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March 17, 2002


Bt corn approval, Barcelona, Egypt, Iceland


Today in AgBioView:

* Monsanto seeks USDA approval for new Bt corn
* Summit leaders give biotech go ahead at Barcelona
* Egypt researches biotech crops, sees income
* Geneticist Sees Worry Over GM Foods Persisting
* UK: Iceland information investigation nearing completion


Monsanto seeks USDA approval for new Bt corn

March 18, 2002

WASHINGTON - After four years of field tests of a new, genetically
modified Bt corn under government supervision, Monsanto Co asked the U.S.
Agriculture Department for permission to move ahead with commercializing
the crop, the USDA said.

In a Federal Register notice, the USDA asked farm groups, plant experts,
consumer activists and others to comment on Monsanto's request by May 13.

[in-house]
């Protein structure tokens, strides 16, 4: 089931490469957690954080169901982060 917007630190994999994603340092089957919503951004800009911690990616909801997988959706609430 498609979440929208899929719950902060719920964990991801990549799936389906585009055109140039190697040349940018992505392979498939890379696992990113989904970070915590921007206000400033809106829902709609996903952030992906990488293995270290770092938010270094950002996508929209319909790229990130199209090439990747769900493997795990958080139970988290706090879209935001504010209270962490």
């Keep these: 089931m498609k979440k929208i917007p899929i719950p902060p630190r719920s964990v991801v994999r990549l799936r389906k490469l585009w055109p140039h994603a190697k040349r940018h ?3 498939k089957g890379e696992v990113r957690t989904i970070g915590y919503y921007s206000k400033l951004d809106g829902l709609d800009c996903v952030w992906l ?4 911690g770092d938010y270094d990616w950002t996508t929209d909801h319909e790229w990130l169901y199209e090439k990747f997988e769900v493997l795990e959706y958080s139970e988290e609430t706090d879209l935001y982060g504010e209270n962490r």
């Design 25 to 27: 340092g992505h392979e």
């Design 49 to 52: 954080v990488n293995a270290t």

Monsanto's new crop is genetically engineered to resist the destructive
larvae of a certain corn rootworm pest. The corn plant is designed to
express a naturally occurring pesticide known as Bacillus thuringiensis
kumamotoensis, the USDA said.

Monsanto asked the USDA's Animal and Plant Health Inspection Service to
grant non-regulated status to the new corn plant, saying that its studies
and tests showed the crop posed no risk to the environment.

Because the corn plant involves a natural pesticide, Monsanto has also
filed an application to register the crop with the Environmental
Protection Agency, which regulates pesticides.

Other varieties of Bt corn have been widely used by U.S. farmers in recent

Last month, a National Academies of Science report urged the USDA to
tighten its reviews of potential environmental effects of new biotech
crops before approving them for commercial use. The independent science
panel said the USDA's environmental assessments were "superficial" and
that the department failed to check the impact of new gene-spliced crops
after they were put on the market.

The USDA reviews about 1,000 applications each year from biotech companies
wishing to either test or sell new genetically-engineered plants.


Summit leaders give biotech go ahead at Barcelona

Brussels, 16 March 2002 ˝ EU leaders gave full backing to the European
CommissionÝs life sciences and biotechnology strategy at the Barcelona